Silliness is all around us - some truly entertaining stories came out in the news these past few weeks. In addition, we discussed the meaning behind different types of dreams, various emotional healing practices, everyday life improvement remedies, the benefits of positive social networks and the importance of silence. Looking forward to some good news, laughs and a bit of happiness in this crazy chaotic world? Tune in - as always Zoya's Pet health segment and a delicious recipe to conclude.
Running Time: 01:48:40
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Fri, 20 May 2016 01:04 UTC
On Tuesday, nearly 100 people at an elementary school in Northern Peru were made violently ill when a plane fumigating nearby fields released weed-killer.
Reports stated that 92 school children and 3 teachers were exposed to the dangerous herbicide glyphosate, the active ingredient in US biotech giant Monsanto's best-selling product, Roundup.
A health official in the municipality of Nepena said at a news conference that children in the school suffered a range of symptoms, including extreme vomiting, fainting, stomach pains, and headaches as a result of the exposure.
Researchers at the World Health Organization's International Agency for Research on Cancer have established that glyphosate is carcinogenic; a charge denied by UN officials.
Thu, 19 May 2016 00:54 UTC
Published in the journal Frontiers in Aging Neuroscience on Tuesday, the study found that people age 50 and older who keep themselves mentally engaged tended to have overall better brain function.
"We show that people who report greater levels of daily busyness tend to have better cognition, especially with regard to memory for recently learned information," said Sara Festini, a postdoctoral researcher at the Center for Vital Longevity of the University of Texas at Dallas and lead author of the study.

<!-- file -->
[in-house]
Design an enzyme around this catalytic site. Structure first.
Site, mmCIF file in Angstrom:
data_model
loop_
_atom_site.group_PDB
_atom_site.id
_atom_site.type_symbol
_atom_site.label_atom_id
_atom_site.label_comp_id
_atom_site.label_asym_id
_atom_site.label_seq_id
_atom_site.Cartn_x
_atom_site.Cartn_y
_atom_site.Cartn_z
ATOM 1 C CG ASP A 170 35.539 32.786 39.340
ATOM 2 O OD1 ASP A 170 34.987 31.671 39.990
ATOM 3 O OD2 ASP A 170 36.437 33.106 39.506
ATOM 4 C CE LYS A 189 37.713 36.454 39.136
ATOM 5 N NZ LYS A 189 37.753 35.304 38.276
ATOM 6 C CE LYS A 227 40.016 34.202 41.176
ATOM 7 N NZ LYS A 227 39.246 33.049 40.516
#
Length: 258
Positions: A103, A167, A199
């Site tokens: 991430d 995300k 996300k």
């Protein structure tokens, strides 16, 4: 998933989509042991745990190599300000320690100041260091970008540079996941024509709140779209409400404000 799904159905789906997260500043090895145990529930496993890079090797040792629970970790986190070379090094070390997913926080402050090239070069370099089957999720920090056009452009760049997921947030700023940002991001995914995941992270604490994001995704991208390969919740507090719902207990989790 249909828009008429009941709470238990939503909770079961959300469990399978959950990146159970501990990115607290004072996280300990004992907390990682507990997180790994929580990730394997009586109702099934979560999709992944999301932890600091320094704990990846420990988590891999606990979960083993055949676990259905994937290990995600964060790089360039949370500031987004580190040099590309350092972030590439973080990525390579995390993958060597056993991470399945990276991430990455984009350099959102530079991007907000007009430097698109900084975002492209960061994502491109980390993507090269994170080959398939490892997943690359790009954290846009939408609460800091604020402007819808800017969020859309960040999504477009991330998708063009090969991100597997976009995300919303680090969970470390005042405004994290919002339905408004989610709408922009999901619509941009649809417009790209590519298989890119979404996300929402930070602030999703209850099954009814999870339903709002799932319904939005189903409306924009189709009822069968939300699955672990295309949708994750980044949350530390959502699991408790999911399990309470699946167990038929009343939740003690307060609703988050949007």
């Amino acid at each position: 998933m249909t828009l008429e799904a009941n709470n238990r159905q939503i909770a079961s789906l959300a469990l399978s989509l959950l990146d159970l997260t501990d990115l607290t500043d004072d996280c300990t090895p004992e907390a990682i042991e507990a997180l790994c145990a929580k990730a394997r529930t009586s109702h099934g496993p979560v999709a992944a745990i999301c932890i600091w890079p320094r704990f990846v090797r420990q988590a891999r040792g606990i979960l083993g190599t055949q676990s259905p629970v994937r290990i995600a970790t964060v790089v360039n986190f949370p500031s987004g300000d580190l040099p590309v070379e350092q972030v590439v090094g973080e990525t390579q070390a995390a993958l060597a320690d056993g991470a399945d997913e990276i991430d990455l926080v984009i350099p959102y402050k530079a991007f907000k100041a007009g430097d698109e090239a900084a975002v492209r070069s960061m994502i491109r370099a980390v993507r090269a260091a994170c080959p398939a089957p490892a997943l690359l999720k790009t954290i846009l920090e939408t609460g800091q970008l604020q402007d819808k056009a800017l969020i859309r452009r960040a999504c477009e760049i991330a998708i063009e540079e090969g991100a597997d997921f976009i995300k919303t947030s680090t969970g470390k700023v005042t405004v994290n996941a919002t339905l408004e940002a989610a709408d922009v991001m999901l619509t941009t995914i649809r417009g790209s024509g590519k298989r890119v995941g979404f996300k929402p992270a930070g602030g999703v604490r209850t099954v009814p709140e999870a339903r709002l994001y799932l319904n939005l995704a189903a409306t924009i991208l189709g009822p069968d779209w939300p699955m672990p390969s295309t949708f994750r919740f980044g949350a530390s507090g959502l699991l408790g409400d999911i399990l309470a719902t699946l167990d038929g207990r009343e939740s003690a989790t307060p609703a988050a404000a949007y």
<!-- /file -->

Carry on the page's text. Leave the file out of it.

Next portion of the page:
Given that being too busy seems to be a "fact of modern life" for so many people, Denise Park, the director of the Dallas Lifespan Brain Study, said that she is surprised by how little research has been carried out on the subject. Excessive busyness is known to have negative effects, such as anxiety and mood disorders, however.
Prolonged antibiotic use impairs brain function, but exercise and probiotics can reverse the effects
Thu, 19 May 2016 00:00 UTC
"We found prolonged antibiotic treatment might impact brain function," says senior author Susanne Asu Wolf of the Max-Delbrueck-Center for Molecular Medicine in Berlin, Germany. "But probiotics and exercise can balance brain plasticity and should be considered as a real treatment option."
Wolf first saw clues that the immune system could influence the health and growth of brain cells through research into T cells nearly 10 years ago. But there were few studies that found a link from the brain to the immune system and back to the gut.
In the new study, the researchers gave a group of mice enough antibiotics for them to become nearly free of intestinal microbes. Compared to untreated mice, the mice who lost their healthy gut bacteria performed worse in memory tests and showed a loss of neurogenesis (new brain cells) in a section of their hippocampus that typically produces new brain cells throughout an individual's lifetime. At the same time that the mice experienced memory and neurogenesis loss, the research team detected a lower level of white blood cells (specifically monocytes) marked with Ly6Chi in the brain, blood, and bone marrow. So researchers tested whether it was indeed the Ly6Chi monocytes behind the changes in neurogenesis and memory.
Comment: Both your physical and mental health are deeply influenced by the health of your gut and its microbes. Your gut microbes affect your overall brain function, from basic mood swings to the development of serious illnesses like autism, Alzheimer's disease, and schizophrenia. Keep moving: Exercise not only helps avoid brain shrinkage but increases cognitive abilities